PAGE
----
MAY
13. Jimmy Copley, drummer (Jeff Beck, Tears For Fears)
17. Chris Cornell, musician (Soundgarden, Audio Slave, Temple of the Dog)
23. Sir Roger Moore, actor (James Bond, The Saint)
27. Gregg Allman, singer, songwriter (Allman Brothers Band)
JUNE
9. Adam West, actor, Batman
16. Stephen Furst, actor, “Animal House”
22. Jimmy Nalls, musician (Sea Level)
JULY
15. Martin Landau, actor
21. John Heard actor
AUGUST
8. Glen Campbell, musician’s musician, singer,, songwriter, actor.
19. Dick Gregory, political activist
20. Jerry Lewis, comedian, actor
30. Skip Prokop, musician (Lighthouse)
SEPTEMBER
3. Walter Becker, musician, songwriter (one half of Steely Dan)
3. Dave Hlubek, musician (Molly Hatchet)
8. Don William, singer, songwriter
13. Grant Hart, musician (Husker Du)
15. Harry Dean Stanton, actor
27. Hugh Hefner, Playboy
30. Monty Hall, game show host of “Let’s Make A Deal”
OCTOBER
2. Tom Petty, singer, songwriter (The Heartbreakers, The Traveling Wilburys)
22. George Young, musician, producer (The Easybeats, AC/DC)
24. Fats Domino, musician, singer, Founding Father of Rock ‘n Roll
NOVEMBER
9. Malcolm Young, guitarist, songwriter (AC/DC), brother of George and Angus Young)
19. Mel Tillis, singer, songwriter, Country Music Legend
19. Della Resse, singer, actress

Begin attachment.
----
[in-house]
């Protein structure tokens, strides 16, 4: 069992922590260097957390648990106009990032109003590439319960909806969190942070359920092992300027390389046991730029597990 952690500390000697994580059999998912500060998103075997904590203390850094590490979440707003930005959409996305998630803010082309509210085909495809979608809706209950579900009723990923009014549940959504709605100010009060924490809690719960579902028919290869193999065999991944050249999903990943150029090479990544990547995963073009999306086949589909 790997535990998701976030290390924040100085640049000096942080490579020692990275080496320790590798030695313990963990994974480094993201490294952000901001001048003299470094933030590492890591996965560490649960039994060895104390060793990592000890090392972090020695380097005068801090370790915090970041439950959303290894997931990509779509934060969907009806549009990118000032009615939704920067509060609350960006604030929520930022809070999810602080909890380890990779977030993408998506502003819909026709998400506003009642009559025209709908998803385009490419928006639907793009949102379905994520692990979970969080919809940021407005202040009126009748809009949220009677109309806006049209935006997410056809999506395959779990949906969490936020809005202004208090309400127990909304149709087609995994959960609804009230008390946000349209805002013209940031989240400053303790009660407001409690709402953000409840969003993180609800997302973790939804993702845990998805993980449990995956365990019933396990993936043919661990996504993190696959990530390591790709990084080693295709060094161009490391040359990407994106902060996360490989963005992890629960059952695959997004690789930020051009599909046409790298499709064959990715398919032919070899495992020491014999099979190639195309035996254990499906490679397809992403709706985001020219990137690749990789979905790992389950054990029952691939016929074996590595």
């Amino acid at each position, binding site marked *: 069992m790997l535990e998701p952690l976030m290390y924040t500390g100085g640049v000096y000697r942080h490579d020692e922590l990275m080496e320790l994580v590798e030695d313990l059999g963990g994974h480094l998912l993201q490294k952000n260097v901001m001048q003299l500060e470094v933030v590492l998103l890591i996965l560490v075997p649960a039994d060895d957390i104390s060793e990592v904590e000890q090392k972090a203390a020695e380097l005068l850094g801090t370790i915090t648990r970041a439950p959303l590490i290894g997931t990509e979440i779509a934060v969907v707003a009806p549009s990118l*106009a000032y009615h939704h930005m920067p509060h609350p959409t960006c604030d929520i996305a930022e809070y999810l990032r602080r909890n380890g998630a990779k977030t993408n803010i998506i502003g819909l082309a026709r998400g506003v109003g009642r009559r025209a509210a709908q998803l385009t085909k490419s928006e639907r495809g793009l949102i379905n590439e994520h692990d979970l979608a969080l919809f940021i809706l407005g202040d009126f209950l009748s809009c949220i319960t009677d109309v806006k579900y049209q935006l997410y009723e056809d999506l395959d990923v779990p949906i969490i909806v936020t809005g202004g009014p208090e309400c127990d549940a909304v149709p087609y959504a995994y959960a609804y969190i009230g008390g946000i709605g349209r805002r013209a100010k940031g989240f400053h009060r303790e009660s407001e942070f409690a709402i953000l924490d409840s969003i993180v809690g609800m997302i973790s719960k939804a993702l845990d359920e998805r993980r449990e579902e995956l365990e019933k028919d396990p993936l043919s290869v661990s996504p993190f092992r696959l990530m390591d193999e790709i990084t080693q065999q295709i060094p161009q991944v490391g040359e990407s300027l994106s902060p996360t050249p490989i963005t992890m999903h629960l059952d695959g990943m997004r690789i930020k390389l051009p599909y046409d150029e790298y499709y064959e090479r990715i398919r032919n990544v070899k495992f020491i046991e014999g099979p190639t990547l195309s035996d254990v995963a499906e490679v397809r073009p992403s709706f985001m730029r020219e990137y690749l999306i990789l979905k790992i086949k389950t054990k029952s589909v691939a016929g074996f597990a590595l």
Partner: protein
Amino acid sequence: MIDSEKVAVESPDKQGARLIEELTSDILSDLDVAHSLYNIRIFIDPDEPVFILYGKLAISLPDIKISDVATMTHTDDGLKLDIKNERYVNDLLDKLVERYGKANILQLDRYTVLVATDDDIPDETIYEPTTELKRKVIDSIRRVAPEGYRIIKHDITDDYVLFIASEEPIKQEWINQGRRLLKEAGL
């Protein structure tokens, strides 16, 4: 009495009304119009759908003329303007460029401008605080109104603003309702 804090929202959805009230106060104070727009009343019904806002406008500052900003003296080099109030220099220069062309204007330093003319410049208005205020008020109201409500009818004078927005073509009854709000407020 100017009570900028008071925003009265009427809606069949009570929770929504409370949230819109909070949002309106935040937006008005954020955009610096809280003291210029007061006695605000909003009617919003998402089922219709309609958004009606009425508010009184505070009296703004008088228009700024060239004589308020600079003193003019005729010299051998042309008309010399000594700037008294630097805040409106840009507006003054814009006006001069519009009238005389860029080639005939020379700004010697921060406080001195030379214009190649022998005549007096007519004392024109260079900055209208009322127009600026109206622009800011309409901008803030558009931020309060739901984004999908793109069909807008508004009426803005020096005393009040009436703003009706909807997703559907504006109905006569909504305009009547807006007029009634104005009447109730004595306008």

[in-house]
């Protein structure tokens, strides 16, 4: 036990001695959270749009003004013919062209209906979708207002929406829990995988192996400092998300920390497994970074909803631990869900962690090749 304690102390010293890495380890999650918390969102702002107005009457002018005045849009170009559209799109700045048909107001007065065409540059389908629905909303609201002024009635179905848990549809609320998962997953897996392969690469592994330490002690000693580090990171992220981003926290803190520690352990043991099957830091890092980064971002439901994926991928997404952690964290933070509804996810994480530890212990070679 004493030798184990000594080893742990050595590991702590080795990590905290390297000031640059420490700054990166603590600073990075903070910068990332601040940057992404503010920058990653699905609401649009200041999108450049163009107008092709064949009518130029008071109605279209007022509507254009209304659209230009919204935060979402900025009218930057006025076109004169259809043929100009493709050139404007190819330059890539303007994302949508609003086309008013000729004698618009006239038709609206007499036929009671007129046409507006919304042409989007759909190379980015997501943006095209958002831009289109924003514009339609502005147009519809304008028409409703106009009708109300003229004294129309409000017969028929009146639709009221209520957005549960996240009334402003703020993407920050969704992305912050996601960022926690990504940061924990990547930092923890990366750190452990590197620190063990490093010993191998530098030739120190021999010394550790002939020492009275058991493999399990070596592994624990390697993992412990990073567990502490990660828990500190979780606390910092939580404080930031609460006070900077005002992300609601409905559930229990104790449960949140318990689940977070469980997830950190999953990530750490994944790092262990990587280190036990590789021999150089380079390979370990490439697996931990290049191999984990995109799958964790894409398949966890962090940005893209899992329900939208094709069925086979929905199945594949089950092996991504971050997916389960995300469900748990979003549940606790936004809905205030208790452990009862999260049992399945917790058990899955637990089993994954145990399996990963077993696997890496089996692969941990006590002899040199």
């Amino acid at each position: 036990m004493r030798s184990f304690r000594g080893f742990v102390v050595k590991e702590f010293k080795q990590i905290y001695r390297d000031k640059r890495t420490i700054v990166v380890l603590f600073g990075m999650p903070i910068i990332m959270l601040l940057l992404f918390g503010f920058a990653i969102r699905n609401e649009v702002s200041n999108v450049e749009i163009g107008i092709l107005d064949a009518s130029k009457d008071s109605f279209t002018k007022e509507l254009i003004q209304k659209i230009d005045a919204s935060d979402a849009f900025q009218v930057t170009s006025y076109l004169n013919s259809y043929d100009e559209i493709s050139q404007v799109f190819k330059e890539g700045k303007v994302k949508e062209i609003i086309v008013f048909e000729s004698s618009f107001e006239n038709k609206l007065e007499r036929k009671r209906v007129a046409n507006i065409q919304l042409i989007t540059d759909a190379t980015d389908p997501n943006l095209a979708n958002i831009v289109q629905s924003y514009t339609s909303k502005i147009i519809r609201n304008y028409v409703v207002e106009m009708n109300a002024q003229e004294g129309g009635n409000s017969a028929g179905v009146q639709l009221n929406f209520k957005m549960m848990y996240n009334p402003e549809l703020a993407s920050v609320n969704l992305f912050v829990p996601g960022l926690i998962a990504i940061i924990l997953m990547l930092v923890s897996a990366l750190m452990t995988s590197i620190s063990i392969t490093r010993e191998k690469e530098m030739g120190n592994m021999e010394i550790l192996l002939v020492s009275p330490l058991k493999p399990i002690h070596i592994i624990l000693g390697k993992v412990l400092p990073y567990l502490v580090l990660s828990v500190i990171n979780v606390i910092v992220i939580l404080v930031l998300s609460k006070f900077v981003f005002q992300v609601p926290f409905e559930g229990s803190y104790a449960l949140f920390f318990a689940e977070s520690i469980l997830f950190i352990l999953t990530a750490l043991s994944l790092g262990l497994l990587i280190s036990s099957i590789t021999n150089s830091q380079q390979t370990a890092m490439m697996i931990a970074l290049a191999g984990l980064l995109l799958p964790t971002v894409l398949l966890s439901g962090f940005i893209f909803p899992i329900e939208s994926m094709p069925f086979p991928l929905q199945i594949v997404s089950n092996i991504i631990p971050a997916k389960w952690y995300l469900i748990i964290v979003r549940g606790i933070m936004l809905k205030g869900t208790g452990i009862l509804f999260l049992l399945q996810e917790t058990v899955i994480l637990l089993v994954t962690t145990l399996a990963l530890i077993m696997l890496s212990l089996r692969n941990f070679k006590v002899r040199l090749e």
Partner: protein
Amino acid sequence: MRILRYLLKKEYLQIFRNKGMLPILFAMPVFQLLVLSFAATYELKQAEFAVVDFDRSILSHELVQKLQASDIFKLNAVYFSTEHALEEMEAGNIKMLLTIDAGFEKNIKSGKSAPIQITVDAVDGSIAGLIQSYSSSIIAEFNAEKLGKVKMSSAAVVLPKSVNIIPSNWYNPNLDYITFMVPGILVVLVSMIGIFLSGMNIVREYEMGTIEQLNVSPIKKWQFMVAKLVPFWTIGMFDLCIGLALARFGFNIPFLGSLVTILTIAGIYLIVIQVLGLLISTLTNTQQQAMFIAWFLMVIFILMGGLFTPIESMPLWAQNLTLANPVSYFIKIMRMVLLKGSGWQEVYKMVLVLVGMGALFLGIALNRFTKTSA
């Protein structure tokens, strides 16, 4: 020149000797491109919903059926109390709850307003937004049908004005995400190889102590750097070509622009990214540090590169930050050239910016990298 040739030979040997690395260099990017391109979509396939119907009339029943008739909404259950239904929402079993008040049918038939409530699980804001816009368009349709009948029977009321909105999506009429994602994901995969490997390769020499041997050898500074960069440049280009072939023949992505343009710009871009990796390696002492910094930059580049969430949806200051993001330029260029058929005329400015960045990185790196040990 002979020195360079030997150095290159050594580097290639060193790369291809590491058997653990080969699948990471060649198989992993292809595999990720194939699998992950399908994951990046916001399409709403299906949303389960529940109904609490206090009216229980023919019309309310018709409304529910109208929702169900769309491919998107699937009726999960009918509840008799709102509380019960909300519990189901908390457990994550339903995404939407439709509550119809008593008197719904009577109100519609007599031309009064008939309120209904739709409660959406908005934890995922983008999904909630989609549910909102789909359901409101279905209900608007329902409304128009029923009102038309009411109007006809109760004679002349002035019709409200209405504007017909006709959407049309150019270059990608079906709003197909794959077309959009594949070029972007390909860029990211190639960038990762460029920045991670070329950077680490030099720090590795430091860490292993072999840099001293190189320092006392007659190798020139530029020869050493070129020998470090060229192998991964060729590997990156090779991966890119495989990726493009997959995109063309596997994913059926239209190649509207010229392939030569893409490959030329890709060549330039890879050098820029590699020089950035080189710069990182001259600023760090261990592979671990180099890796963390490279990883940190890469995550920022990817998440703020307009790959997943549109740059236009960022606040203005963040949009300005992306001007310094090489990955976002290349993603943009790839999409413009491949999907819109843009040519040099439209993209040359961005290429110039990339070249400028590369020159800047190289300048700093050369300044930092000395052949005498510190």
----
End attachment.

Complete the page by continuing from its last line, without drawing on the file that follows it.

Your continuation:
21. David Cassidy, singer, actor
30. Jim Nabors, singer, actor, comedian
DECEMBER
12. Pat Dinizio, singer, songwriter (The Smithereens)
16. Keely Smith, singer, legendary Vegas performer
28. Rose Marie, actress, singer comedian (“Dick Van Dyke Show”)

 

THE SILENT CORNER by Dean Koontz (A Review)

At long last, Dean Koontz wrote another good novel.

In the late 70s, through the 80s and 90s, Koontz was delivering the goods, book after book. Starting with Night Chills in 1976, and with the Leigh Nichols pen name, Koontz delivered several books (The Key To Midnight, The House of Thunder, Servants of the Twilight), that set the template for his success, taunt, suspenseful novels that were part horror, part sci-fi, and all out pageturners. Then in the 80s he hit his mega-selling stride – Whispers, Phantoms, Darkfall, Strangers, Watchers, Lightning, Midnight,  The Bad Place, Hideaway, etc …). All of these above books I heartily recommend to anyone who is looking for high-quality mainstream fiction.